Conceptualizing Trajectories of Readability [Invited Essay]

In an essay on “Phenomenological Aesthetics,” the philosopher Roman Ingarden asserted that “works of art have the right to expect to be properly apprehended by observers who are in communion with them and to have their special value justly treated” (269). What does it mean to “properly apprehend” a novel? How do we know how to read something “justly”? What would it mean to claim that something has become “unreadable”? Can books somehow show us how they want to be read? Can lost forms of intelligibility and appreciation be recovered? How do we know whether the way we are reading a book is the way it asks to be read or is the product of our own, differently structured habitus? In this article, I ask these kinds of questions about novels by Sand, Gautier, and a few others with the help of Ingarden and Bourdieu as well as some recent critics.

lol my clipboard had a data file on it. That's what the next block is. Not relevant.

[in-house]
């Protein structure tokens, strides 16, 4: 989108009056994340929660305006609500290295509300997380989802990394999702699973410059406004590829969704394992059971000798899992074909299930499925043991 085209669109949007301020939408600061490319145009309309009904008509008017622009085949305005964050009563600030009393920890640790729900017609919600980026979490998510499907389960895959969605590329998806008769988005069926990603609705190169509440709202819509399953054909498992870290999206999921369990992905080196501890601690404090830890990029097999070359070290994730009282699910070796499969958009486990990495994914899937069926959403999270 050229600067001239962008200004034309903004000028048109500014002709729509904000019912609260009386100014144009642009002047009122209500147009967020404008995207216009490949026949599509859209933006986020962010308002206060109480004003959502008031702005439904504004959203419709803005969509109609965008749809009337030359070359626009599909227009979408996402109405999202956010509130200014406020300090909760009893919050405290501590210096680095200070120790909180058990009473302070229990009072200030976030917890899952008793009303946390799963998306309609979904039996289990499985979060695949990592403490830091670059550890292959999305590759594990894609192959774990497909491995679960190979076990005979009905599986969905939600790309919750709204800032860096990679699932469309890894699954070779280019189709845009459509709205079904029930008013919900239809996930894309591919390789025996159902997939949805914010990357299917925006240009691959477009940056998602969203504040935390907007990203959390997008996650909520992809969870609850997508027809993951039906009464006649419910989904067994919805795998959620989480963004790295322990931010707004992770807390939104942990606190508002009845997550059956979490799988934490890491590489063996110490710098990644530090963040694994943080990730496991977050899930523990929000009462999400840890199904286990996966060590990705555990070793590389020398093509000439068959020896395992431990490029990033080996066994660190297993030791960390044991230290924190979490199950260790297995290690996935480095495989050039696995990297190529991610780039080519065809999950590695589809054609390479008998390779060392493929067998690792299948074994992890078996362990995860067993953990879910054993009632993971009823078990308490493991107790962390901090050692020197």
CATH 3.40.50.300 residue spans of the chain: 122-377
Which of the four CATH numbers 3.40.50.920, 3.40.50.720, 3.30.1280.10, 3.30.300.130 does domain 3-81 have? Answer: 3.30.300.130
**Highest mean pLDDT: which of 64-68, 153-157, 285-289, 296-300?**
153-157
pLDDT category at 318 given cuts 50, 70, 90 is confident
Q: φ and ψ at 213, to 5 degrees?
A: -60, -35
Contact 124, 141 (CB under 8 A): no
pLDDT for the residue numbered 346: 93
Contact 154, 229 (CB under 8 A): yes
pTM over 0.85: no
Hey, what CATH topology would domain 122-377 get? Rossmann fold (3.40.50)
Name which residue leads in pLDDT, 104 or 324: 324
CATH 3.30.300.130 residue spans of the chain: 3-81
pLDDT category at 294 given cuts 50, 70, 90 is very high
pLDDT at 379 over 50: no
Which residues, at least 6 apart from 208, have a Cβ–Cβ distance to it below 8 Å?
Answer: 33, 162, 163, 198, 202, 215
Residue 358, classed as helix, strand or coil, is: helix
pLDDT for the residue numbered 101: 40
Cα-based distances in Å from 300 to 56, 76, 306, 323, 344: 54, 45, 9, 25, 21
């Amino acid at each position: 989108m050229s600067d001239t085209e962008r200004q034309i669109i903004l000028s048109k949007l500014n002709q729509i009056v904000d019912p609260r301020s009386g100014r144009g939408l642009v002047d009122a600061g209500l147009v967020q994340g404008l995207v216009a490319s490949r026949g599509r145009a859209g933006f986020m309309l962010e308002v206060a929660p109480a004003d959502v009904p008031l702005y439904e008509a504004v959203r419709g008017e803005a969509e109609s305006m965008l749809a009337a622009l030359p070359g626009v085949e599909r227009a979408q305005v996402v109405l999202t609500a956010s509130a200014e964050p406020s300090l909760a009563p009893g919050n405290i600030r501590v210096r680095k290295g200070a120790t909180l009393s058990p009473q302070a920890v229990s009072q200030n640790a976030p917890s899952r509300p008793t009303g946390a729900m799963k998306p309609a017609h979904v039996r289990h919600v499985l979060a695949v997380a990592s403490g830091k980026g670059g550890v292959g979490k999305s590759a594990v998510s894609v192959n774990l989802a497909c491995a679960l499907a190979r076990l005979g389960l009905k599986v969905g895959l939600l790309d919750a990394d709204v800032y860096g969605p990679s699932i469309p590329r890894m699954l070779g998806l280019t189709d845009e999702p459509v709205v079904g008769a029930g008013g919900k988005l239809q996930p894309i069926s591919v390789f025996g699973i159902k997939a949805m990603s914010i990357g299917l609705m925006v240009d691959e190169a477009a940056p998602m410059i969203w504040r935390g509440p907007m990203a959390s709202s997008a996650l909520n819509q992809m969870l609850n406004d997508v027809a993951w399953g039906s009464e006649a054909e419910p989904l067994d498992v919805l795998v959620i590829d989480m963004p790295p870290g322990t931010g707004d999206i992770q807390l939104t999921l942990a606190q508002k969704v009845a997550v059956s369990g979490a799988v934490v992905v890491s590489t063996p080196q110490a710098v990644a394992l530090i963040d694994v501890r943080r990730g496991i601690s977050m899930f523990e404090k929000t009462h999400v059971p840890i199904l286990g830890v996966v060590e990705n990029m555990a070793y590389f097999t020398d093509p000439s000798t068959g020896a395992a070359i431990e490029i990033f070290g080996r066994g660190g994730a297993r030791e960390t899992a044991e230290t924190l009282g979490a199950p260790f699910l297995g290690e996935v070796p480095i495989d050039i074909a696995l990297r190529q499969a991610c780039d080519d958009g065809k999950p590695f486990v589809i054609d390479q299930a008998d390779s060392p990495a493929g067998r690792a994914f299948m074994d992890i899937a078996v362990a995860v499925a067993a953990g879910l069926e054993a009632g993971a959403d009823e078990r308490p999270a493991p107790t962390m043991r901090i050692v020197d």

Michael Lucey
University of California, Berkeley